THE MODERNISM OF LOUIS JACOBS
by John Rayner
A Jewish Theology, by Louis Jacobs. 322 pages. (Darton, Longman & Todd). £4.75.
A 14th-century Halachist produced a law-code which he called Kol Bo, “Everything is in it”, and was duly rewarded for his presumptuousness by the fact that his identity is no longer known for certain. Rabbi Dr. Louis Jacobs has entitled his new book, more modestly, A Jewish Theology, but its comprehensiveness is astounding.
Its general conception is similar to that of Kaufmann Kohler’s Jewish Theology Systematically and Historically Considered. I once asked the late Rabbi Dr. Israel Mattuck what he thought of it. His answer was: “It is neither systematic nor historical but you should read it.”
Dr. Jacobs’s book is systematic enough, and the historical perspective is apparent, even though the focus is more on themes than chronology; but above all it is richer in content.
As a survey of Jewish theological doctrines and speculations through the ages, it is a masterpiece, destined to become the classic in its field and probably to remain so for many a year. The learning distilled in it is phenomenal, the clarity of exposition admirable, the common-sense refreshing.
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But Dr. Jacobs’s aim goes further than to expound what has been taught in the past. As he remarks: “The contemporary Jewish theologian must endeavour, however inadequately, to do for our age what the great mediaeval theologians sought to do for theirs. He must try to present a coherent picture of what Jews can believe without subterfuge and with intellectual honesty.”
Honest he certainly is: considering his traditionalist background and inclination, almost to the point of bravery. This shows itself in his critique of medieval notions about heaven and hell, angels and demons, miracles and resurrection, the rebuilding of the Temple with its sacrificial cult and the cosmological scheme of the Cabbalah; in his timely warnings against the dangers of elevating Jewish peoplehood above religion and confusing Hebrew culture with Torah; but above all in his unequivocal rejection of fundamentalism.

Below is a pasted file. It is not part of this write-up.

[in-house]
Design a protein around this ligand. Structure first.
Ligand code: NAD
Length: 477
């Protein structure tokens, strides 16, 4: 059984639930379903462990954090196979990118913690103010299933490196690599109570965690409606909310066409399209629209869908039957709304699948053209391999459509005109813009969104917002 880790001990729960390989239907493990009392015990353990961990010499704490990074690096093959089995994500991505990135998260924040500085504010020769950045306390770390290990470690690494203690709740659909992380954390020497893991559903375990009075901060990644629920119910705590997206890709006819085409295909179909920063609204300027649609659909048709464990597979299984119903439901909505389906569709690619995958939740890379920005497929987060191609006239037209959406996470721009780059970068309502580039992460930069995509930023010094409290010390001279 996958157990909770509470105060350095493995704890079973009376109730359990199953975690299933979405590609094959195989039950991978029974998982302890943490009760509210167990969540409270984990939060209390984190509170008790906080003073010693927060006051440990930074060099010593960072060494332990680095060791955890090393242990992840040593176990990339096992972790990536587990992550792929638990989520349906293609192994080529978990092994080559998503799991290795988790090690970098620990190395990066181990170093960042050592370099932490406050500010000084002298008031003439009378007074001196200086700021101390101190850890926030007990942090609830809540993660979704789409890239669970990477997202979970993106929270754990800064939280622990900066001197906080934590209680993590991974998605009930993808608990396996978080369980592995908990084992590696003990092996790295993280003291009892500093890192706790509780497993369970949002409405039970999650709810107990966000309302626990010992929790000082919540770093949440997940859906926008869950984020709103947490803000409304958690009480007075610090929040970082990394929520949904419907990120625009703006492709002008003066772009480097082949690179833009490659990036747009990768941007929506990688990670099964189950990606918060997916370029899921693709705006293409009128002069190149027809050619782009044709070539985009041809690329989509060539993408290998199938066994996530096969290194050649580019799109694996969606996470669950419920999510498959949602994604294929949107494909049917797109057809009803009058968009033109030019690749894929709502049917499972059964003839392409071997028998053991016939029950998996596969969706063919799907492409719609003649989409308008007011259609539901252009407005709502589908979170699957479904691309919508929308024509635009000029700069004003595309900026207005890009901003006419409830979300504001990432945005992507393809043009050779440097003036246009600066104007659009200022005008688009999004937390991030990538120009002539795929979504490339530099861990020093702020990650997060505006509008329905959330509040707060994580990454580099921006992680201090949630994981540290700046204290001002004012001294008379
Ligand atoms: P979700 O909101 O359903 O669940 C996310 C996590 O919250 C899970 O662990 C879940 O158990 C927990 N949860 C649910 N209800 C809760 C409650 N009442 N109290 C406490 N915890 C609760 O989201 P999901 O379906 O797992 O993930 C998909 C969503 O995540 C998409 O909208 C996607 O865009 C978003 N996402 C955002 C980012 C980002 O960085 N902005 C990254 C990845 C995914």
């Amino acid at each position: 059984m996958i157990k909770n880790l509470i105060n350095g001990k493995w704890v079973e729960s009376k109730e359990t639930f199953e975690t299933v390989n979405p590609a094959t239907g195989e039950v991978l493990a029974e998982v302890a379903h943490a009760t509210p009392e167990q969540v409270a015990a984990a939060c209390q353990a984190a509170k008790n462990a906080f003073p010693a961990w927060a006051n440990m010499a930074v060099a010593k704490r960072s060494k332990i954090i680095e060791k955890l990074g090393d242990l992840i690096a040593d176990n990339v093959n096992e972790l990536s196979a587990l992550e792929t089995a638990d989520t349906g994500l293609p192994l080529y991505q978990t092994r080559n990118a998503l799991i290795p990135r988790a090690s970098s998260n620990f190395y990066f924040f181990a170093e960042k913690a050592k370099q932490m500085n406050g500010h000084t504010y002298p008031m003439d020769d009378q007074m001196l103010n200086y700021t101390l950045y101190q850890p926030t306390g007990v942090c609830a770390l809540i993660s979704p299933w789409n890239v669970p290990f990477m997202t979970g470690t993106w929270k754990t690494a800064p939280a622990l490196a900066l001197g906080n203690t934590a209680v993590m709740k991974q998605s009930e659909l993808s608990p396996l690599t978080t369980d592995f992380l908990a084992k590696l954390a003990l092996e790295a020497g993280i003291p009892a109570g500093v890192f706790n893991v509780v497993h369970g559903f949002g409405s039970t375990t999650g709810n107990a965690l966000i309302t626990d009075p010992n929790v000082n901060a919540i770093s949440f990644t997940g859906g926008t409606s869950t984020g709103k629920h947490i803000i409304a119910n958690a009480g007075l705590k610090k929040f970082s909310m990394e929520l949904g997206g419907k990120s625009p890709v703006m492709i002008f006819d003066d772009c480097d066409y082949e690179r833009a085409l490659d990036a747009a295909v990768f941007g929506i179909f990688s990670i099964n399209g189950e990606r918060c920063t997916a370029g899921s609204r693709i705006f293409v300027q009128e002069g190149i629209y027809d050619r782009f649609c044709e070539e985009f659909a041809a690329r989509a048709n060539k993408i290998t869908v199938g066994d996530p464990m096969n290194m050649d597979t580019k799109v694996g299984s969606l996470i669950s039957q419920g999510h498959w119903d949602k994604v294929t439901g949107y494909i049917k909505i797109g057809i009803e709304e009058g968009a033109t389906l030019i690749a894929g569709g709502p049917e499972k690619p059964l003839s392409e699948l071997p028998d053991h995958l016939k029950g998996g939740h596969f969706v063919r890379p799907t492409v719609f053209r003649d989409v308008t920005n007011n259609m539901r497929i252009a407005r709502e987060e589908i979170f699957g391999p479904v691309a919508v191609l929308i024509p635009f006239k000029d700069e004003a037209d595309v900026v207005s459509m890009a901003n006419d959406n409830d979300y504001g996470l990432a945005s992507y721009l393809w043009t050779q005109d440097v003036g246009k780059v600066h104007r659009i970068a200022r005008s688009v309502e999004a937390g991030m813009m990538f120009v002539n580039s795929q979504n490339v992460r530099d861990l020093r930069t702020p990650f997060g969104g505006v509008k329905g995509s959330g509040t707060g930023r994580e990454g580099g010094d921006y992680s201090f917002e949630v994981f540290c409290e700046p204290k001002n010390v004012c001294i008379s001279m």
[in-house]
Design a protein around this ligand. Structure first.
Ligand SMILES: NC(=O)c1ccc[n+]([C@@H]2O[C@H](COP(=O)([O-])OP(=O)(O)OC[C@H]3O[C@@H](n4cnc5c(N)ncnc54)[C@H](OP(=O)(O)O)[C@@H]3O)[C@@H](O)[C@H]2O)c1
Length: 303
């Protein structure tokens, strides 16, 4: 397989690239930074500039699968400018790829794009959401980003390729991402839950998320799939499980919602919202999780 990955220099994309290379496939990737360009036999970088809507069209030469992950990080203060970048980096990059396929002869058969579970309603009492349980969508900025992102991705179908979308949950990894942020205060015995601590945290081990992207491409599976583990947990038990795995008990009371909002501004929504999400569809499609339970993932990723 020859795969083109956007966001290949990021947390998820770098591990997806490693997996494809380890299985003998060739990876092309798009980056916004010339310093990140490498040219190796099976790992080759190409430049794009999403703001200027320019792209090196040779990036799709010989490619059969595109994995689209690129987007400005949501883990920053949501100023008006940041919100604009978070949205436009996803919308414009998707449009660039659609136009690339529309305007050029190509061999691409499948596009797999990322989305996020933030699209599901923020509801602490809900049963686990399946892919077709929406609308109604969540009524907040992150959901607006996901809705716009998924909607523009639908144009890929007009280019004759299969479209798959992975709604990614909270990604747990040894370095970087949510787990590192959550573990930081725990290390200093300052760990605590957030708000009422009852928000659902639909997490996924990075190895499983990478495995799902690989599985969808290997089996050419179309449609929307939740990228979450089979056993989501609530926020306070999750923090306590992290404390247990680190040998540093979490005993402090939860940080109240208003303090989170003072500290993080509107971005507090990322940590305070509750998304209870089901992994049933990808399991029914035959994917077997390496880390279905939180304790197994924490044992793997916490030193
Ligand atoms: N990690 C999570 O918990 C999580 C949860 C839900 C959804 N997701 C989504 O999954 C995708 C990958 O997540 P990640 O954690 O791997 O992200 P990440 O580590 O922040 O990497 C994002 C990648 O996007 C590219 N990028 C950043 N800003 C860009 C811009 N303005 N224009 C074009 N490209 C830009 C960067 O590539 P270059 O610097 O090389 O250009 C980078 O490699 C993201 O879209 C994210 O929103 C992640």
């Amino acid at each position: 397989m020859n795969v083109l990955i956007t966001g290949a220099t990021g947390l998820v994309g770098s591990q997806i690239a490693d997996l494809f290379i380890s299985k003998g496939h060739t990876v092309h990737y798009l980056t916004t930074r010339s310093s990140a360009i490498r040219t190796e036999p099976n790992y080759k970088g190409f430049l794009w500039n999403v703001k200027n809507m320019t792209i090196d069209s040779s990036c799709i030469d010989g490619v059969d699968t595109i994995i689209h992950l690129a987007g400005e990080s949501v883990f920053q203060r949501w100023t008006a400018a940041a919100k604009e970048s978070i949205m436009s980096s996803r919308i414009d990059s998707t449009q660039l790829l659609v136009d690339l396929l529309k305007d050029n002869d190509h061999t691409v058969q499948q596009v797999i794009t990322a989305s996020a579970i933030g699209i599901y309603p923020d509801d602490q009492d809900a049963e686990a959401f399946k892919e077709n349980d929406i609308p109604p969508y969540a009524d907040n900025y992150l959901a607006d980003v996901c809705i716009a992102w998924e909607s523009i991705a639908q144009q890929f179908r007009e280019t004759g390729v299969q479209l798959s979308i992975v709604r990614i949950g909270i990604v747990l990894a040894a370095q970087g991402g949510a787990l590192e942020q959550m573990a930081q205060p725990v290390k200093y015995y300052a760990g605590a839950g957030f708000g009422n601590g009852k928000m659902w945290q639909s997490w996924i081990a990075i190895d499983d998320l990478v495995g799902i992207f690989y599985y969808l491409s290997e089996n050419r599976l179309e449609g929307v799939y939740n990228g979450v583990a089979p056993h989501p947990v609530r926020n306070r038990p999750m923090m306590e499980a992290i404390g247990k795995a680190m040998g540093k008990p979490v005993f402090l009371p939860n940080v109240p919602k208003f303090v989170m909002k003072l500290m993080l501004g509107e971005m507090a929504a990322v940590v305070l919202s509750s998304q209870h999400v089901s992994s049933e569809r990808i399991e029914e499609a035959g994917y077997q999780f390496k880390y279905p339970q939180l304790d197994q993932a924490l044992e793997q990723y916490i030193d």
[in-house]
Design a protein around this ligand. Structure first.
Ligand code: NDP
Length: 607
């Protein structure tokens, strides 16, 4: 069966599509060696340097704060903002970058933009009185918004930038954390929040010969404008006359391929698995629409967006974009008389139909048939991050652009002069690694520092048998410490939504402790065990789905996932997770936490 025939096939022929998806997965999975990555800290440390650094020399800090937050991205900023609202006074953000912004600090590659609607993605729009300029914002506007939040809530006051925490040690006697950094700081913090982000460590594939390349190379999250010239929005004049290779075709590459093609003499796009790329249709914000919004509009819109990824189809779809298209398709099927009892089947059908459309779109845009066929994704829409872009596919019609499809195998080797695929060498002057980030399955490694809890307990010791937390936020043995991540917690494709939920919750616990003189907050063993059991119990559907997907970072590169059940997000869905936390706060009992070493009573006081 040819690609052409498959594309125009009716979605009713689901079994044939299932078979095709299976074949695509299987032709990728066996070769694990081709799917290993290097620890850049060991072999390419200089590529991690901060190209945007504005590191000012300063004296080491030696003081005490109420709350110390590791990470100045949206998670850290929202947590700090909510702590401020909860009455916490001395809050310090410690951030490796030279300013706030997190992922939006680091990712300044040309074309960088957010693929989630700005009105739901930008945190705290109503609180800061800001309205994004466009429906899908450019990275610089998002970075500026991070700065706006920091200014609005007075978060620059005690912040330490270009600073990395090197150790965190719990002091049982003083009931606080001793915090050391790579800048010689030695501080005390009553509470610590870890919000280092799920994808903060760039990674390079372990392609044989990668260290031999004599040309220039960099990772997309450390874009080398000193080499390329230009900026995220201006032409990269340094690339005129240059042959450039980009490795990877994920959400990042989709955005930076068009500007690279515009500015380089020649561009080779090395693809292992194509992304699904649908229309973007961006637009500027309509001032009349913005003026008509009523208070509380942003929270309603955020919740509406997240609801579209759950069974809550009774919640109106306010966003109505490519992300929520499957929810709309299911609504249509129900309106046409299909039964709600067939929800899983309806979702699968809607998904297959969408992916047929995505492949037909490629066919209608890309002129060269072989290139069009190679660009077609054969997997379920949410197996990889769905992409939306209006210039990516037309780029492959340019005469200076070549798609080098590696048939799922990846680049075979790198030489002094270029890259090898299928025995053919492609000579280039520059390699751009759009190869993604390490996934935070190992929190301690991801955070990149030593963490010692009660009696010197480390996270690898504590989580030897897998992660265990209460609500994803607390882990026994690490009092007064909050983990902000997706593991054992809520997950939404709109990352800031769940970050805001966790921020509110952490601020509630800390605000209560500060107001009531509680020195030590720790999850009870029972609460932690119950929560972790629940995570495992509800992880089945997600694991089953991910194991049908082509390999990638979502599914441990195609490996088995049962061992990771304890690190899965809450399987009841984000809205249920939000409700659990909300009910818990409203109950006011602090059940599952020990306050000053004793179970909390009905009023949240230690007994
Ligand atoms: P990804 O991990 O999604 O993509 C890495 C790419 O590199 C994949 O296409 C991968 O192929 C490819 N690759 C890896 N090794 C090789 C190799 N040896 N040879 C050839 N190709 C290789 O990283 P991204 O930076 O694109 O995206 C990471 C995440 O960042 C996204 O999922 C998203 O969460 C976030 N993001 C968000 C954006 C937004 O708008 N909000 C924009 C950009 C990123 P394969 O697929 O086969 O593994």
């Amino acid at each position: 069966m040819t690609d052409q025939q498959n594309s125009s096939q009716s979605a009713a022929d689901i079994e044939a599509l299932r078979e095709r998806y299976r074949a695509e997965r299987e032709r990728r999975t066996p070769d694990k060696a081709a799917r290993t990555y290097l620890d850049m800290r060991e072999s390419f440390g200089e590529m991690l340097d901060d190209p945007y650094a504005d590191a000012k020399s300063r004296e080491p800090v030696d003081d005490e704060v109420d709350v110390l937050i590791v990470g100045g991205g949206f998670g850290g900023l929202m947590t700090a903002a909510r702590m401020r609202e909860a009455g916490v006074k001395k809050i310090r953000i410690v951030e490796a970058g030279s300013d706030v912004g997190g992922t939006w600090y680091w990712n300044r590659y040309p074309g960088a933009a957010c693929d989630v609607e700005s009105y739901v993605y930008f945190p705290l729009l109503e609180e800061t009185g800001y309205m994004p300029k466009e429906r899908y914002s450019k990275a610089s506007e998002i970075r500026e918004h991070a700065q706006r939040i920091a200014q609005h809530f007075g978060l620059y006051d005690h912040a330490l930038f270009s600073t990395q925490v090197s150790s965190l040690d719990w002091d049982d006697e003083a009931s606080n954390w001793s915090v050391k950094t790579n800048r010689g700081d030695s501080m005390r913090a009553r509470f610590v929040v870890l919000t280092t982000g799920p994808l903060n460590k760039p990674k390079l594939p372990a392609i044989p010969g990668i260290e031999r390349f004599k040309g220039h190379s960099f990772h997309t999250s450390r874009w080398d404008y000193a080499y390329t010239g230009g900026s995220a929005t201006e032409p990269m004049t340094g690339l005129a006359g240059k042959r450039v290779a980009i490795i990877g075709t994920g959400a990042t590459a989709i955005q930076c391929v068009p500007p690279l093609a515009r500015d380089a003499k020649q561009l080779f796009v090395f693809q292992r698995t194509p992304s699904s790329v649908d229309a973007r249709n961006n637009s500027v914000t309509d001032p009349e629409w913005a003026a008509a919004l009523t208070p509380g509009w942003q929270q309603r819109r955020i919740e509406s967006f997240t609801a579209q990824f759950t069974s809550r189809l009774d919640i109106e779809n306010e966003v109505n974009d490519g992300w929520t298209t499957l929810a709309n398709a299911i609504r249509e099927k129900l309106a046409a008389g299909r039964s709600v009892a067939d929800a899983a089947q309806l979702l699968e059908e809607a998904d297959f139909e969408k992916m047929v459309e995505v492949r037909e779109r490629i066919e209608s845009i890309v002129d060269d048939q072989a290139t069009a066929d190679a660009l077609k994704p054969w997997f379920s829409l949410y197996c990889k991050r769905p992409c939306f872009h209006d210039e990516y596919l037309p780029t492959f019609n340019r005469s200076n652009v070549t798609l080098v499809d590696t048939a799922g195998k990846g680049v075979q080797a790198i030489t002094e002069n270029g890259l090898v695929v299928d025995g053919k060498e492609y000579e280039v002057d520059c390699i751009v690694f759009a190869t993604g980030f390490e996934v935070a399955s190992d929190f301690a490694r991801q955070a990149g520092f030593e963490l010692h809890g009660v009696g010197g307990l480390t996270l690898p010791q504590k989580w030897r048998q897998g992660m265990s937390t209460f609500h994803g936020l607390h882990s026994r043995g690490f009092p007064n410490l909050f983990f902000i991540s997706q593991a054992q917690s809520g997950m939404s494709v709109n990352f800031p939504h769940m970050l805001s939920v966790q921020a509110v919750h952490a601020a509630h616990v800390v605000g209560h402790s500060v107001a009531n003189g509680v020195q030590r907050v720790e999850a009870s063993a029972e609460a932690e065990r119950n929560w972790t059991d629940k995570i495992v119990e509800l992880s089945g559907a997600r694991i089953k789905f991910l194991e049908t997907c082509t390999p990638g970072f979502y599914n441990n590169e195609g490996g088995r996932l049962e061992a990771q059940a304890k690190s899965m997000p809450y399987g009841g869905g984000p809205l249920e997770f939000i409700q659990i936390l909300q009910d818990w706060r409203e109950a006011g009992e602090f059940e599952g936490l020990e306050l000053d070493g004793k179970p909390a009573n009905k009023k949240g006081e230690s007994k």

Whether Dr. Jacobs altogether succeeds in presenting a coherent picture of what modern Jews can believe is another question.
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For example, the Reform doctrine of “Progressive Revelation” is too crudely stated and too lightly dismissed, and to describe the Mitzvot as “the vocabulary of Jewish worship”, though helpful, is not to offer any well thought-out criterion for determining which of them have a claim on the contemporary Jew’s allegiance.
The whole treatment of this topic confirms what I have felt ever since We Have Reason To Believe: that Dr. Jacobs has not yet fully faced and followed through the implications of his modernism for the problematic issues of Jewish practice. Not a word, for instance, about its consequences for the doctrinal content of the liturgy. On the other hand, he is forthright enough about such matters as Agunah, Mamzerut and Gentile wine.
But these are minor blemishes. As a historical survey, the book represents a monumental achievement and as an outline of the kind of theology that deserves serious consideration by modern-minded Jews, it will commend itself to very many—traditionalists and progressives alike.
Rabbi Rayner is senior minister of St. John’s Wood Liberal Synagogue.